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Did Recovered Extra-Terrestrial Technology
Make Possible This Century's Greatest Inventions

by Jack Landman

An incredible claim is made, quite seriously, by a career military intelligence officer whose record of service is impeccable and impressive. The claim is this: the wreckage and artifacts of a recovered alien spacecraft, in 1947, near Roswell, New Mexico, has seeded development of many late century technologies, including, fiber optics, night vision viewing, minituarized silicon circuits, composite ceramic materials, laser development/particle beam (SDI), stealth aircraft and unusually strong Kevlar™ type fabrics.

The claimant is Colonel Philip J. Corso. He died in 1998, but not before publishing, The Day After Roswell, in 1997. He served in World War II, the Korean War, and in the mid 50's, in the White House at the National Security Council. In 1961, he went to work in the Pentagon as Chief of the Foreign Technology Desk, Research and Development, serving directly under, and answering only to General Arthur Trudeau, a highly decorated military hero.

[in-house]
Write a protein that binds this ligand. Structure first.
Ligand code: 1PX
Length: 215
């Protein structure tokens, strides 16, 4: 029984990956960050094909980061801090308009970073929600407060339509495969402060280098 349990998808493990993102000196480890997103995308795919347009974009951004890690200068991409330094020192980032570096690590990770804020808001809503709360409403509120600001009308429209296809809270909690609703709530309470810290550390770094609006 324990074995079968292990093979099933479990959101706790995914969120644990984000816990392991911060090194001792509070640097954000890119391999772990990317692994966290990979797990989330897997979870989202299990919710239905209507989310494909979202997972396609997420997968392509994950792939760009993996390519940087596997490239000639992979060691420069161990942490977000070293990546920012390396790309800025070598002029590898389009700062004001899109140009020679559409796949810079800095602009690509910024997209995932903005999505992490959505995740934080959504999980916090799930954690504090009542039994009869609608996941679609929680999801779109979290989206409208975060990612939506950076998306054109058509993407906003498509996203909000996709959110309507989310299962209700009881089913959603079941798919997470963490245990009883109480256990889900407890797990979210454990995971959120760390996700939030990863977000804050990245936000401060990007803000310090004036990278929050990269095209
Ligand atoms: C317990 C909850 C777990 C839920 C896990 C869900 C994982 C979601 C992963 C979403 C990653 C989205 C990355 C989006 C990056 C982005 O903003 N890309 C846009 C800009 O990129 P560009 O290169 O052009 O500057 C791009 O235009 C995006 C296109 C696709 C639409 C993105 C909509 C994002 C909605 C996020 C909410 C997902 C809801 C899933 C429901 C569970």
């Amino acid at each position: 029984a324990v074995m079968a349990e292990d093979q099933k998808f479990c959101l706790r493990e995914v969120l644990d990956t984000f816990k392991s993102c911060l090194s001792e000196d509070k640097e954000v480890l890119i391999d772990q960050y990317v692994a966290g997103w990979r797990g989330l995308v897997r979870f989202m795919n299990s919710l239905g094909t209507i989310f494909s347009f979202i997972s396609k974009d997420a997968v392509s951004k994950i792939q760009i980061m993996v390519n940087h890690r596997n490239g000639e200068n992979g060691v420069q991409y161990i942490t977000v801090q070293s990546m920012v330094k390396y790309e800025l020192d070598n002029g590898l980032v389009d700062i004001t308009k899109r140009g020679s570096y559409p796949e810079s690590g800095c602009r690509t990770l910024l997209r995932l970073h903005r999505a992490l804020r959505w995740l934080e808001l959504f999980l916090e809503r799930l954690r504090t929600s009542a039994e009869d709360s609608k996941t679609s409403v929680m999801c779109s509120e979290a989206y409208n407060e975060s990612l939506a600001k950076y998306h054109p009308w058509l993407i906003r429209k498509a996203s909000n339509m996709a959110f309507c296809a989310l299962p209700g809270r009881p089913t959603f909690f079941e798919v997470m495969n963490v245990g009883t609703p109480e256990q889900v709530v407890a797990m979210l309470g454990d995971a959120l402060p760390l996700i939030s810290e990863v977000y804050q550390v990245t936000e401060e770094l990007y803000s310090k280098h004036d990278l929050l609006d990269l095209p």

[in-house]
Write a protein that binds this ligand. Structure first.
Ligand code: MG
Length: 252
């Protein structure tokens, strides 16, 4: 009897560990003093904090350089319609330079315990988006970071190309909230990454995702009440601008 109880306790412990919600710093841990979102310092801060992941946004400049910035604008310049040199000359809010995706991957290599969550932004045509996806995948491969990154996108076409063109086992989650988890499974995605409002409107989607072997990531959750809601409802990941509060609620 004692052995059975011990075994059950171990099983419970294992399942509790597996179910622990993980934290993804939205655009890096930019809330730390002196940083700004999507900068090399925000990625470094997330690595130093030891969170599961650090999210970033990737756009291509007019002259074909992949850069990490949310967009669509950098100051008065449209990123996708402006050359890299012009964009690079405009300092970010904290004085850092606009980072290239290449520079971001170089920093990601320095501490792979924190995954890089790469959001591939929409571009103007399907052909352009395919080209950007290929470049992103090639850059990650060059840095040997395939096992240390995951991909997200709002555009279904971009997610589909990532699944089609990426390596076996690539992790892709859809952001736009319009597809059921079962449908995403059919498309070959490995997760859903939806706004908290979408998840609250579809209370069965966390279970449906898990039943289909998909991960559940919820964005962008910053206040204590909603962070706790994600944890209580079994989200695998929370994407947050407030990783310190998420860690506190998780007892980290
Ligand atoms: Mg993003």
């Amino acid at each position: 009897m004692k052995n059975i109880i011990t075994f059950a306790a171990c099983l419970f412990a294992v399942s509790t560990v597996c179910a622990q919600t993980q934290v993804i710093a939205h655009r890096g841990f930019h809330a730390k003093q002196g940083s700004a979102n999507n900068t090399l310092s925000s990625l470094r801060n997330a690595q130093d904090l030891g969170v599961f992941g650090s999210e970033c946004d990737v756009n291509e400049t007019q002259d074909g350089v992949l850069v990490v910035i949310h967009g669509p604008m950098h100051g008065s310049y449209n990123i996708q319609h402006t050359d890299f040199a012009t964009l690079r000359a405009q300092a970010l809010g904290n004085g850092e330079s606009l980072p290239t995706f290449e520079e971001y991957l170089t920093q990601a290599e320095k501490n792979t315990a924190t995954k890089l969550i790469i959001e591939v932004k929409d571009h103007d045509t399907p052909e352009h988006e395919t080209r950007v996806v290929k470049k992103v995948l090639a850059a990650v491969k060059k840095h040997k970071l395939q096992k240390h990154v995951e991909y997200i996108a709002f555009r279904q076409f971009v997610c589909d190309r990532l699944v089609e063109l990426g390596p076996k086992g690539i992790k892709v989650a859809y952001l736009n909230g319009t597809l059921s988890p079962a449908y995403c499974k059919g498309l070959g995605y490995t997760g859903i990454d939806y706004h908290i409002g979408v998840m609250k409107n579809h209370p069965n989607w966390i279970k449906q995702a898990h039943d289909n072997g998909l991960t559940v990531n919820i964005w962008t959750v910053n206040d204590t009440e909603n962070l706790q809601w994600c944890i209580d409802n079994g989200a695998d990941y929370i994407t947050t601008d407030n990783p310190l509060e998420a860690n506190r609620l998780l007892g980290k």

Col. Corso was not at Roswell in 1947. Instead he was stationed at Fort Riley, Kansas, where, he says, he briefly saw a dead alien body, preserved in formaldehyde in its shipping container on its way from Roswell to Wright Field, Ohio. This particular chance event is an almost unbelievable, (but not quite), coincidence. Corso does not refer to the creature as an "alien", but as an "extra-terrestrial biological entity" (EBE), which, he says, became the top secret classified designation in the aftermath of the Roswell recovery of 1947.

Always the good soldier, he tucked away any thought of that experience until fourteen years later when General Trudeau chose Col. Corso to be the army's interface between its secret knowledge and American industry. According to Corso, between 1947 and 1961, the effort within the minds of the US secret keepers was to create a successful cover-up. It was not until Gen. Trudeau became head of the army's most secret weapons development programs that a system was developed to release extra-terrestrial technological information to researchers. In fact, the Cold War provided the urgency and cover for a military that at its highest levels feared the alien threat to our security much more than that posed by the Russians or Chinese, according to Col. Corso.